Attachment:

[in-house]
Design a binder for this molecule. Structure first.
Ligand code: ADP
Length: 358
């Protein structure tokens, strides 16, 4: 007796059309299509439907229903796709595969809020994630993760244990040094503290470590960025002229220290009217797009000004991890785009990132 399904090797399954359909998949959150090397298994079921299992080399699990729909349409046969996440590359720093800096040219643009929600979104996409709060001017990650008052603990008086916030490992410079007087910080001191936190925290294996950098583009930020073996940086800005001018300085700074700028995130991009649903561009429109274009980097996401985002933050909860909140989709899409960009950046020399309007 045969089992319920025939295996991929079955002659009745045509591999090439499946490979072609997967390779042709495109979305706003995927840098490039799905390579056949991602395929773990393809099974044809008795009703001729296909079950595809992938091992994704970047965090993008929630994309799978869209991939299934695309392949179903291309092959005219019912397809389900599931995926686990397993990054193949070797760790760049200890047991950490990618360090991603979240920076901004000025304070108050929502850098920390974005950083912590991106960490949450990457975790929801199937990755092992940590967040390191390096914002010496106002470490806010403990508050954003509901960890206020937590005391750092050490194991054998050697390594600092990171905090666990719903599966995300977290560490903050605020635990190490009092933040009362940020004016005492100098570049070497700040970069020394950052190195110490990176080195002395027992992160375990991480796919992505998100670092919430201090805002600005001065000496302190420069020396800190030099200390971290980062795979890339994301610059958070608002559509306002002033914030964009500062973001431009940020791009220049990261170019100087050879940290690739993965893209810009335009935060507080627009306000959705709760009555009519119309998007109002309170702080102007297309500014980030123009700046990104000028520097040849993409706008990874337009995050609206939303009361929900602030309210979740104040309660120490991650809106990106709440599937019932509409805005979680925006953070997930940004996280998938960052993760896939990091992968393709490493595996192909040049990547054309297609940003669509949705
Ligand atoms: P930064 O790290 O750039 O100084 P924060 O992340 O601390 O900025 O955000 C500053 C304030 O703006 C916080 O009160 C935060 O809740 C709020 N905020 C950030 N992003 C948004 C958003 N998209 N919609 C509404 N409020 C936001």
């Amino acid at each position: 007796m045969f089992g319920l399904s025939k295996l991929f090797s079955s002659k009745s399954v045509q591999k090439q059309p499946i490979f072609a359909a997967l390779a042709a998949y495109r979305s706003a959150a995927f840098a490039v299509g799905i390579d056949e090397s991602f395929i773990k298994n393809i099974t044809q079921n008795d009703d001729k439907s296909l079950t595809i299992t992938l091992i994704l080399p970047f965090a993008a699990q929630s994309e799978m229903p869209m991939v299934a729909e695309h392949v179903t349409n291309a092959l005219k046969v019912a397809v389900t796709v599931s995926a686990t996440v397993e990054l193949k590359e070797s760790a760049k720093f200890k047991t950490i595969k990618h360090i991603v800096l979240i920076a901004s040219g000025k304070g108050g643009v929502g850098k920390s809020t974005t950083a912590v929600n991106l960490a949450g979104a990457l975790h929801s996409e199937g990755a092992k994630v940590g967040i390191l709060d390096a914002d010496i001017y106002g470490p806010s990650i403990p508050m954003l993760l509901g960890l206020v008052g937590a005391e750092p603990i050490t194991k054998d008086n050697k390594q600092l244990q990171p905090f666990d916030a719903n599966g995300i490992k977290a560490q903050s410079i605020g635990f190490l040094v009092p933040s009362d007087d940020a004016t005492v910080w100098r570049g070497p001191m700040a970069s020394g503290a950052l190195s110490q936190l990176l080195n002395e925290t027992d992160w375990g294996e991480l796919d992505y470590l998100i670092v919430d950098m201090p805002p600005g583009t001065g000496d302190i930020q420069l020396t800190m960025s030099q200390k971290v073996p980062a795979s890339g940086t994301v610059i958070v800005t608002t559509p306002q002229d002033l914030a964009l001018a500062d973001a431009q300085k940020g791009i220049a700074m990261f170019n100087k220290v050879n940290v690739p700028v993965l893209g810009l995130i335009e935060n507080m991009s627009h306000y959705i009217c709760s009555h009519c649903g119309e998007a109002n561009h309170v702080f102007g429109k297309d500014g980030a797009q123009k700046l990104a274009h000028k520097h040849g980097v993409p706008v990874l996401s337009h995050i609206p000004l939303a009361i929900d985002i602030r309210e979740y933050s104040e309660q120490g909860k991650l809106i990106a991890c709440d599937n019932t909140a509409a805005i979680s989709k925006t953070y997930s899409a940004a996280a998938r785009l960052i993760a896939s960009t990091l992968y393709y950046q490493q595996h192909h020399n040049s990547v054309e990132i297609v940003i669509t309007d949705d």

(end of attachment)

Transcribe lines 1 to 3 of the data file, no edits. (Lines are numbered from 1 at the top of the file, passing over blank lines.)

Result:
[in-house]
Design a binder for this molecule. Structure first.
Ligand code: ADP